Microsoft wants your feedback about Windows 10 — really, they need it. This is the most important feature in the Windows 10 Technical Preview — not a Start menu, virtual desktops, or windowed “universal apps.”

Your feedback will be particularly crucial as Microsoft begins using A/B testing, rolling out different versions of features to different users and seeing who’s the happiest. The feedback from Windows 8 testers was spot-on, so Microsoft is now listening.

Send Inline Feedback

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As you’re using the Windows 10 Technical Preview, you’ll see notification balloons pop-up near your system tray. They’ll ask you for your feedback about something you just did. Whether you found the action frustrating or whether it worked smoothly, you should click (or tap) this pop-up message to give feedback when you see it.

The Windows Feedback app will appear, and you’ll be able to give feedback instantly about something you just did. It will just take a second or two. With enough people rating their interactions with the system, Microsoft can see what works and what needs to be fixed.

One thing’s for sure — if we had this feature during Windows 8’s development, those weird hot-corner actions for accessing the charms bar with the mouse would never have survived.

Provide Feedback on Anything

Microsoft allows you to send feedback on anything in the system. Even if someone else has already provided this feedback, you can cast your vote so Microsoft knows how many users agree with the feedback.

First, open the Windows Feedback app — you’ll find it in the Start menu. It’s also one of the default tiles, so you can’t miss it.

The first time you open this app, you’ll need to register for the “Windows Insider Preview Program.” Just click the link in the window.

Click the “Join now” button on the web page that appears and accept the user agreement. The Microsoft account you logged into your Windows system with will now be part of the Windows Insider Preview Program. Once it is, you can go back to the Windows Feedback app and click Reload.

We’re not really sure why you have to agree to the Windows Insider Preview Program agreement to do this. Technically speaking, you’re already part of the Windows Insider Preview Program after downloading and installing the Windows 10 Technical Preview. We’re not sure anything will behave differently after you do this — you just gain access to the Windows Feedback app.

You’ll see a list of many different Windows system features and components. Choose the one you want to leave feedback on. The app will automatically suggest Windows features you used recently, but you can also just browse and look for something you want to provide feedback about.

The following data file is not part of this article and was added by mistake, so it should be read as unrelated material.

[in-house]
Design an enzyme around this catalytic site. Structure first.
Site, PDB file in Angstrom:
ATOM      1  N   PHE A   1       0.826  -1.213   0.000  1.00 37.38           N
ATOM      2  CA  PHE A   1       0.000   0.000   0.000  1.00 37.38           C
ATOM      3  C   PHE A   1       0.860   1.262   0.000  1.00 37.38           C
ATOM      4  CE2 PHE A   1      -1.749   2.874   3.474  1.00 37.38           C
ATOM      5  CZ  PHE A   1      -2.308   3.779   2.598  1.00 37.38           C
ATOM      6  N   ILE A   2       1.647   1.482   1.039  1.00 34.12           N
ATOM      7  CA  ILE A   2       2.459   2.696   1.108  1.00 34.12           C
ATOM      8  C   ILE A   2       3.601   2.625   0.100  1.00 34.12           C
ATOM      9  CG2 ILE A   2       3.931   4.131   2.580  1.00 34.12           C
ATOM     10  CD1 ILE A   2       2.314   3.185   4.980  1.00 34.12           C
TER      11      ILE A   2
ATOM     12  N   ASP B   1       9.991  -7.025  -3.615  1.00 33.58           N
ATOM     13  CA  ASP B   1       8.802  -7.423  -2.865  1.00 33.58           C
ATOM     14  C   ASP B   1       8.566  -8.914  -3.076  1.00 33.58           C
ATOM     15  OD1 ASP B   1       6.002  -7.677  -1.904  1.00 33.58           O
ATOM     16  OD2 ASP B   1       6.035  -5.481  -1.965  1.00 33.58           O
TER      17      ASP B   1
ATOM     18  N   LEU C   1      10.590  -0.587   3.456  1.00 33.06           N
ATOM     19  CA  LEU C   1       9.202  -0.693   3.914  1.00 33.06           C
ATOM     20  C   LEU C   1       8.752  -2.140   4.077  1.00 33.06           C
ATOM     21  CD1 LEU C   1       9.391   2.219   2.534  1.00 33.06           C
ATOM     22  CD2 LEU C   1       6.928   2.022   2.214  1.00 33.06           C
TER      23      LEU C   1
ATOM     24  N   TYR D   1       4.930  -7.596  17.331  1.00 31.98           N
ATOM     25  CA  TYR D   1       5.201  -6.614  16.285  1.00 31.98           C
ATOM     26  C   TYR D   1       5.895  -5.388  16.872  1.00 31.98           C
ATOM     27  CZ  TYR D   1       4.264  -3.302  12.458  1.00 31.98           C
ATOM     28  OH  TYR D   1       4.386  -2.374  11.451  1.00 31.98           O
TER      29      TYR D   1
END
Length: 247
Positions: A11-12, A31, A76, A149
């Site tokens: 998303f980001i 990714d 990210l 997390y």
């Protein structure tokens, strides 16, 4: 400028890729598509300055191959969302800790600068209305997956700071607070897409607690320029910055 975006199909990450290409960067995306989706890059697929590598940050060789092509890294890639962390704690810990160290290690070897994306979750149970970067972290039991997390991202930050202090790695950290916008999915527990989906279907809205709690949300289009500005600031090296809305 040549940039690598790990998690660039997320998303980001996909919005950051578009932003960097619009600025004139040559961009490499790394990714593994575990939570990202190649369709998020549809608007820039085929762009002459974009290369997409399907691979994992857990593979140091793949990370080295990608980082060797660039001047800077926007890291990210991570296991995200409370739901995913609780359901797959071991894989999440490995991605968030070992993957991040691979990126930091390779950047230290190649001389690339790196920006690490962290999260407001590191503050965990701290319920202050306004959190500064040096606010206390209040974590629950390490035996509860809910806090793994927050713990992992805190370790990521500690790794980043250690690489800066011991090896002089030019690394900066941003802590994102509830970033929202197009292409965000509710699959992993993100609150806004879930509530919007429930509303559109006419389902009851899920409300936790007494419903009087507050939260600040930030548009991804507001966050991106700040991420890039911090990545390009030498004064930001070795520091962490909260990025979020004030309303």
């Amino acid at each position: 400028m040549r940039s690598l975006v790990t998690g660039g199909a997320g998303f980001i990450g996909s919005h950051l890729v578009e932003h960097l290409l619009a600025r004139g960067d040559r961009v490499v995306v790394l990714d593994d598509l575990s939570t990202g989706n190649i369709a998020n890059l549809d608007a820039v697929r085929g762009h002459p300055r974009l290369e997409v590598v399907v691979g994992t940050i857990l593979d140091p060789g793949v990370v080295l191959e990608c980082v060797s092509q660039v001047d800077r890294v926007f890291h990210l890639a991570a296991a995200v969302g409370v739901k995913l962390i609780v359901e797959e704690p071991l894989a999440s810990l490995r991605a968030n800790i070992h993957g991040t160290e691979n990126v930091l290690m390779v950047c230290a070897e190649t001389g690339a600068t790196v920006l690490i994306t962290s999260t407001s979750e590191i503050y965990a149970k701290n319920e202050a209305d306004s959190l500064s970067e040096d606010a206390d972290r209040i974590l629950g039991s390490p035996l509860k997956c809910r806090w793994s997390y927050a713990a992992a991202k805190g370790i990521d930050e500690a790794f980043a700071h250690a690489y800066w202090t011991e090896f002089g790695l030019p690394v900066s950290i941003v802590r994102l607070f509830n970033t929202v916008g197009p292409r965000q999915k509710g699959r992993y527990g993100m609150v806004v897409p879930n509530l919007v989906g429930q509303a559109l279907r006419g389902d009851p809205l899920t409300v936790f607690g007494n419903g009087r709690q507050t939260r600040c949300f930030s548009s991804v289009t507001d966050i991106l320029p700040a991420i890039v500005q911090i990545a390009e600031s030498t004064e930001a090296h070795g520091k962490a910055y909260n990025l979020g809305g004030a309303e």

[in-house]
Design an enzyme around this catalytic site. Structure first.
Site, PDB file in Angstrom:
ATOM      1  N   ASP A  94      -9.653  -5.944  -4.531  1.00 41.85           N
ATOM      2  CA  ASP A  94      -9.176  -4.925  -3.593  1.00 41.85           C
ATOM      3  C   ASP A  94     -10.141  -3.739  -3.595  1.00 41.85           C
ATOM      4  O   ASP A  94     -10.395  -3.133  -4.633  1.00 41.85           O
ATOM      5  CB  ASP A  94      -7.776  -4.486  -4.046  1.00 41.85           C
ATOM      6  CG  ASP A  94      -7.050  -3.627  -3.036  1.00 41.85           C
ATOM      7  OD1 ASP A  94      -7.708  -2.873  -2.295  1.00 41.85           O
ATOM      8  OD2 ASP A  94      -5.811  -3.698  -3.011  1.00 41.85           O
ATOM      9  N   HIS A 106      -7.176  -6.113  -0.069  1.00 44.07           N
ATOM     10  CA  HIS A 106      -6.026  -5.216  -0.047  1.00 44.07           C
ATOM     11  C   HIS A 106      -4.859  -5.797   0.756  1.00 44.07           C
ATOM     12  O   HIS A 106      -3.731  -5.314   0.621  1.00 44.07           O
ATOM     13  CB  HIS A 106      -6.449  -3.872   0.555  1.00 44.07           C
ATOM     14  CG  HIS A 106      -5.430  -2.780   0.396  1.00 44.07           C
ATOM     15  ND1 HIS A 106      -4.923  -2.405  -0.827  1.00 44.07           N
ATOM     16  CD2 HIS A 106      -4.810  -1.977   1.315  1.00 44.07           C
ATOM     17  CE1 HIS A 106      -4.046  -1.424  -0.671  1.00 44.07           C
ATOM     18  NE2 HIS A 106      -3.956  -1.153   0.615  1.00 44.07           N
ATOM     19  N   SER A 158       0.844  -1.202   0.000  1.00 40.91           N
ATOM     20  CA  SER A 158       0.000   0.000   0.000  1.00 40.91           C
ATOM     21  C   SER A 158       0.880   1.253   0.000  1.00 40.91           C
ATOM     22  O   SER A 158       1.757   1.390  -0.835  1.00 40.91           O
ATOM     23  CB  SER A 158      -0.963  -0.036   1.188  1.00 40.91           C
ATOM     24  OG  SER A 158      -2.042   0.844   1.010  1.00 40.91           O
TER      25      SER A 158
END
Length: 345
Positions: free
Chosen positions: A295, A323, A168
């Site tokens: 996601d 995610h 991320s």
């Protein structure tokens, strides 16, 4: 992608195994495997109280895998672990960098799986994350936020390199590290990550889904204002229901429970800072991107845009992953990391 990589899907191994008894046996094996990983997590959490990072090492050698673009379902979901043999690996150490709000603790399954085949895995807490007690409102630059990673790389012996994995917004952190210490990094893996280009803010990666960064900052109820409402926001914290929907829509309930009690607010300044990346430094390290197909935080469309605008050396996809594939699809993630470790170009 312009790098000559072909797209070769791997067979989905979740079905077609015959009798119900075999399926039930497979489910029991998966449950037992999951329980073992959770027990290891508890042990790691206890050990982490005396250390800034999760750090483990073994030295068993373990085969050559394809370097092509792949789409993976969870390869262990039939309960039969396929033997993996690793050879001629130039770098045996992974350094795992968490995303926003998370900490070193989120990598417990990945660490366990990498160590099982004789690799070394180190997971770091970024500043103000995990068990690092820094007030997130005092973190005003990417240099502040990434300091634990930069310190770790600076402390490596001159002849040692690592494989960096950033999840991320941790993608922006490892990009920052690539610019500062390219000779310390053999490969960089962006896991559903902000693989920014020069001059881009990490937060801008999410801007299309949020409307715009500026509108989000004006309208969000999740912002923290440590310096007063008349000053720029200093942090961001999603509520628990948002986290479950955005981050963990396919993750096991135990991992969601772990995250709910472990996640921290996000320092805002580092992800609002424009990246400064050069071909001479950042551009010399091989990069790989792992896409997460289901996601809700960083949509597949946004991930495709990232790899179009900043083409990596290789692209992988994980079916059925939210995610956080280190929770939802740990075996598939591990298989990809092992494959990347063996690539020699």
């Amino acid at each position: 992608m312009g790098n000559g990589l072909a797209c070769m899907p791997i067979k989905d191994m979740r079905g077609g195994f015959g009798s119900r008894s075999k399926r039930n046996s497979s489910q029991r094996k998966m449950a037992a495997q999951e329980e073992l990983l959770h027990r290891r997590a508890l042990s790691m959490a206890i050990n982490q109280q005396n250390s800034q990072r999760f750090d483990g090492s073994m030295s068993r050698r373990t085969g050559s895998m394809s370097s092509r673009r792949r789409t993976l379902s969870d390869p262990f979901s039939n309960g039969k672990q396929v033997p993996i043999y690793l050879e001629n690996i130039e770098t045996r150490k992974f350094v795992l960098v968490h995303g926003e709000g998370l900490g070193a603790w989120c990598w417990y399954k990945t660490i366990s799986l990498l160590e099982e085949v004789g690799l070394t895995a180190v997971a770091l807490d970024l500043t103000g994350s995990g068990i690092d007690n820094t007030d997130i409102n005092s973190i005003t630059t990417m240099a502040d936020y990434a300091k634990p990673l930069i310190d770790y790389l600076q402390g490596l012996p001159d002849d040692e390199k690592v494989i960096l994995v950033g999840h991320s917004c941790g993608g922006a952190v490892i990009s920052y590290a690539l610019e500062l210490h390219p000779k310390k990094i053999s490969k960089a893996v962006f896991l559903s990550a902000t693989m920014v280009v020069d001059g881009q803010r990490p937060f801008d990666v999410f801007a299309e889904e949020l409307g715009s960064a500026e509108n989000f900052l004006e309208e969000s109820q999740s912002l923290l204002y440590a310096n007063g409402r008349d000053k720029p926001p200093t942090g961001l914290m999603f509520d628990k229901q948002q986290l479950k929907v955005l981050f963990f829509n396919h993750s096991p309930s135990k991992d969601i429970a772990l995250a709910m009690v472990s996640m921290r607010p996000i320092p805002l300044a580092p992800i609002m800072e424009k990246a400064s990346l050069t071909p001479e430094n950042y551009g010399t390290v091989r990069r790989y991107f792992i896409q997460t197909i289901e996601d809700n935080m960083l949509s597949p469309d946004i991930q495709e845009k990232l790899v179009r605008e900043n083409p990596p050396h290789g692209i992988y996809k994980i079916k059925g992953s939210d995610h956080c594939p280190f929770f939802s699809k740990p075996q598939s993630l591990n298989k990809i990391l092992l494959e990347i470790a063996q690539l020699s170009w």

When you choose to send feedback, be sure to check the existing feedback to see if your issue has already been addressed. It may be one of the top issues in the list, or you could use the search box to search existing feedback. To provide a new piece of feedback, use the New feedback button.

Choose existing feedback and you can cast your vote for it, saying you have the same problem with the “Me too!” button. If enough people vote for something, Microsoft will (hopefully) take notice. Maybe we’ll one day be able to remove that search button from the taskbar if enough people vote!

You can also add additional details, or provide a screenshot with the Screenshot button. This is useful if you’re experiencing some sort of bug Microsoft needs to see.

This is the real reason to use the Windows 10 Technical Preview. Microsoft needs this feedback to make Windows 10 a product people like and want to use — with Windows 8, they demonstrated they couldn’t make a compelling product while ignoring feedback. Windows 10 is looking so great because it’s a product of listening to the criticisms of Windows 8. We just have to make sure they don’t mess up again!

Profile Photo for Chris Hoffman Chris Hoffman
Chris Hoffman is Editor-in-Chief of How-To Geek. He's written about technology for over a decade and was a PCWorld columnist for two years. Chris has written for The New York Times and Reader's Digest, been interviewed as a technology expert on TV stations like Miami's NBC 6, and had his work covered by news outlets like the BBC. Since 2011, Chris has written over 2,000 articles that have been read more than one billion times---and that's just here at How-To Geek.
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